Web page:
During one of our original fitting sessions, we brought in children and adults of all different disability types to try on our adaptive products. One of our participants, a 15- year-old boy named Liam, has Muscular Dystrophy and has been a wheelchair user his entire life. For his fitting, we gave him one of our magnetic closure front shirts to try on. I vividly remember waiting outside his dressing room, when he came out wearing the biggest smile. With tears in his eyes, he turned around and thanked me. To this day, I will never forget what he said- “Can you imagine that I’m 15-years-old, and this is the first time that I’ve been able to dress?” To be a part of someone’s experience like that is indescribable.

It’s moments like this that remind me of why I do what I do. The road to success was not an easy one, but experiences like these make it all worthwhile. This is what Runway of Dreams is all about.

Which tips would you recommend to your colleagues in your industry to help them to thrive and not “burn out??

Have you seen my vision board? It’s mentioned in every episode of The Gamut Network, an online talk show we started amidst the global pandemic to feature people with disabilities and their stories on YouTube. This vision board keeps me focused. It keeps my goals in check. You cannot do this alone. You must surround yourself with a team of passionate, creative, organized people who are aligned with your mission. I am so grateful and proud of our Runway of Dreams, and Gamut Management teams, and the industry experts who partner with us.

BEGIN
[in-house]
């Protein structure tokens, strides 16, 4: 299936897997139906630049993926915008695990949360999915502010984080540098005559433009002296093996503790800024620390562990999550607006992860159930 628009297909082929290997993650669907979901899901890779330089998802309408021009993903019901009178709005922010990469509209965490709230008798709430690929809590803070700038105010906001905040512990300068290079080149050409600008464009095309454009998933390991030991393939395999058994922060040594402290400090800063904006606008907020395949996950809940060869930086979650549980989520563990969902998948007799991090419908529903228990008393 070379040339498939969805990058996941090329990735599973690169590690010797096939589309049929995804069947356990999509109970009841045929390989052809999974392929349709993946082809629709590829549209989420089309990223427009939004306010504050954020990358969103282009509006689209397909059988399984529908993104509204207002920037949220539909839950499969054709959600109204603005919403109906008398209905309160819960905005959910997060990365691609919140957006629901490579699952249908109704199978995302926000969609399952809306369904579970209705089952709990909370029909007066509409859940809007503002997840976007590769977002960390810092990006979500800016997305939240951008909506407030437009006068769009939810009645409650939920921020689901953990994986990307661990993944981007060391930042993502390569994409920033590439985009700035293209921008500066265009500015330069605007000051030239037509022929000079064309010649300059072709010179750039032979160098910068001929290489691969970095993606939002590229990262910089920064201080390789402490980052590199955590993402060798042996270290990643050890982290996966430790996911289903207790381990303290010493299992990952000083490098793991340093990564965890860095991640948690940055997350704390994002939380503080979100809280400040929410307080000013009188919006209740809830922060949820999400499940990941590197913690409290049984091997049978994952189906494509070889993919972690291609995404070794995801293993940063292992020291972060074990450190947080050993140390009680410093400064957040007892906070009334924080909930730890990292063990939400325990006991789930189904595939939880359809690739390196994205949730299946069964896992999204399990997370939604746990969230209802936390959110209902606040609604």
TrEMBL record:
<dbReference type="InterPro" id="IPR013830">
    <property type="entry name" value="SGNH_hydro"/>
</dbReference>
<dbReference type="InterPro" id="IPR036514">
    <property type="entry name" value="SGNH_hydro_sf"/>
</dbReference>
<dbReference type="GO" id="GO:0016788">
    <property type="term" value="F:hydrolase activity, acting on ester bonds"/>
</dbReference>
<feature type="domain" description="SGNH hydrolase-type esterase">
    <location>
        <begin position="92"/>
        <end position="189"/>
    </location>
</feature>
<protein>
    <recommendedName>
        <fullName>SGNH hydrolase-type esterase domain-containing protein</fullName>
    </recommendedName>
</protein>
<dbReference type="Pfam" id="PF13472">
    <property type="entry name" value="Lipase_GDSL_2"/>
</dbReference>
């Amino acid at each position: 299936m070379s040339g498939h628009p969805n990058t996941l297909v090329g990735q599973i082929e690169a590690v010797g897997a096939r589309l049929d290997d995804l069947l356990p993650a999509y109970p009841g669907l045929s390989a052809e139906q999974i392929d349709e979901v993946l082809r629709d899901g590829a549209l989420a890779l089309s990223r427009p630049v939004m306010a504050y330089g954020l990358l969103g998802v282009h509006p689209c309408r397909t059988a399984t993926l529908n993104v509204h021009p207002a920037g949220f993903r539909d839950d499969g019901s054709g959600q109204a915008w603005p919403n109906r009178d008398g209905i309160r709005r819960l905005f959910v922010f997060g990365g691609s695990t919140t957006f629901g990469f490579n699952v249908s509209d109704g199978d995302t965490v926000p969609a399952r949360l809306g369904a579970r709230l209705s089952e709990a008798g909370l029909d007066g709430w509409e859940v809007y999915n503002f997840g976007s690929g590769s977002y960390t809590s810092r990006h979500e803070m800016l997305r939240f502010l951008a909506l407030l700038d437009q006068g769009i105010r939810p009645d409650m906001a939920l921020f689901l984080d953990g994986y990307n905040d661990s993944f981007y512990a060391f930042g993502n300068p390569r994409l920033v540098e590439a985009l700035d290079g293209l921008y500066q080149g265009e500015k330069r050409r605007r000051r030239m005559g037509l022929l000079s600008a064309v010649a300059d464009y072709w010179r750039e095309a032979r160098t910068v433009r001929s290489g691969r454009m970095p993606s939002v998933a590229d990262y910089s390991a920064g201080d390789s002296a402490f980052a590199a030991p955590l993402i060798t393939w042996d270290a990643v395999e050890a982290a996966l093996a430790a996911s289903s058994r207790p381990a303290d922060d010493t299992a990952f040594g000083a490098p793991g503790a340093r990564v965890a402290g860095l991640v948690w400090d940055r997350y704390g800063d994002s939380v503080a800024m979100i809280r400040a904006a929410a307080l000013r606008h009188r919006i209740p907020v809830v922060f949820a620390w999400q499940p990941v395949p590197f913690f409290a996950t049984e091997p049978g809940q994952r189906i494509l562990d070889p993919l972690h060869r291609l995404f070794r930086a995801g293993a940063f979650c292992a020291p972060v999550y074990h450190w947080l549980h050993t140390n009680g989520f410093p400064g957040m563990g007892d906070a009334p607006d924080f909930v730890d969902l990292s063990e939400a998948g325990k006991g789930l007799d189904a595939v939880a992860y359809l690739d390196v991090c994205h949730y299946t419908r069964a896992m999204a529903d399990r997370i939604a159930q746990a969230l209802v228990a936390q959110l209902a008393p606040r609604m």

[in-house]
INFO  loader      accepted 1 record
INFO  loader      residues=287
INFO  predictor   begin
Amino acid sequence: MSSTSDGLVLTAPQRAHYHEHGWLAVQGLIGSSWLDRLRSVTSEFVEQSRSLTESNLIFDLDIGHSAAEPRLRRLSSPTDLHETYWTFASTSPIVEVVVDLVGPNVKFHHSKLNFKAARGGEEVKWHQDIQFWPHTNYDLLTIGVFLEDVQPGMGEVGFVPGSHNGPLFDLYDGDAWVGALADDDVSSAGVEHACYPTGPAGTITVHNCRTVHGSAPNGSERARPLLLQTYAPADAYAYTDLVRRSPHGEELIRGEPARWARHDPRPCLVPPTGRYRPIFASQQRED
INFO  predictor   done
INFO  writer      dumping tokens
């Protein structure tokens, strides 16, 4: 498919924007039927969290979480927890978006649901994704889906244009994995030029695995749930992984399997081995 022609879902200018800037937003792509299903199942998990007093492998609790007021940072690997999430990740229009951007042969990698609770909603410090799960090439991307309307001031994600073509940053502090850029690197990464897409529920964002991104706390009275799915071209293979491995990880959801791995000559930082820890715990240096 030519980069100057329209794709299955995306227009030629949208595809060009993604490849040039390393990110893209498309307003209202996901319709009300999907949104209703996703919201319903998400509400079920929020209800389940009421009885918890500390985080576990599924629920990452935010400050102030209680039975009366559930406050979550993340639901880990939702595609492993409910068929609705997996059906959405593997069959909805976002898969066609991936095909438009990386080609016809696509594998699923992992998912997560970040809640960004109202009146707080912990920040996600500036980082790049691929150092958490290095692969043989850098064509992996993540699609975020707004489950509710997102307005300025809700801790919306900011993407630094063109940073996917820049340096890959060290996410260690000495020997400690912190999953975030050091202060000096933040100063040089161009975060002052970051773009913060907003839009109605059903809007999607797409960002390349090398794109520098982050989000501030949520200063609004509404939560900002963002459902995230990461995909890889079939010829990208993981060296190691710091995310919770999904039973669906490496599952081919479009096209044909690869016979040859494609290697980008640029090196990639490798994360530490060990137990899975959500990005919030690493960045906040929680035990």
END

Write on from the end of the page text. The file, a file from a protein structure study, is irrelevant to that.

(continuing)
How have you used your success to bring goodness to the world?

We saw a major industry opportunity in our experience running partnerships under Runway of Dreams. Gamut Management was born to represent people with disabilities, and to create a marketplace where businesses and industries can connect directly with people with disabilities. This brought forward the opportunity for The Gamut Network, now 100+ episodes deep, meaning 100+ voices heard. We knew that the population of people with disabilities were urgently in need of PPE during this time, so we partnered with Skilled Laborers Brigade to donate 2000+ masks so far to communities who reached out to us in need. This was part of our social campaign, #ShelterChic, where we ask that you post a pic of your post fabulous quarantine outfit, donate $5 to Runway of Dreams, and tag friends to join in. It has been so fun.

Do you have a favorite “Life Lesson Quote”? Can you share a story of how that was relevant to you in your life?

“Sometimes I sing and dance around the house in my underwear. Doesn’t make me Madonna. Never will.” — Joan Cusack, Working Girl 1988.

The lesson is that to basically find your own way, you must be your own person. If I listened to brands saying no to me — no one has ever done this — obviously, there is a reason — we wouldn’t be where we are today. We have partnered with multiple national brands, and have garnered international news attention. People who could never dress are now getting ready on their own.

Do you see any fascinating developments emerging over the next few years in the fashion industry that you are excited about? Can you tell us about that?

I firmly believe that the adaptive category will be in the industry no different than plus size or petite — just a fit for a differently shaped body.

What are your “Top 5 Things Needed to Succeed in the Fashion Industry”. Please share a story or example for each.

1) Know your customer — before I approached the industry with my idea of creating mainstream adaptive clothing — I spent a year doing research and focus groups.

2) Being fluid — the original modifications that I developed didn’t all work for the population, so I had to pivot my thinking and create new versions that better helped the masses.

3) Leave your ego at the door — if you want to make change happen — it takes a village.

4) Buck the Norm — the buttonhole was created in the 13th century and the fact that we are still using this “technology” is absurd while we can run our lives by our phones. We have to start thinking out of the box on the basics.

5) Fashion + Technology is the future of fashion, and in particular, will be the much-needed solution for including people with disabilities and putting them on the forefront rather than as an afterthought.

Thank you for these great insights!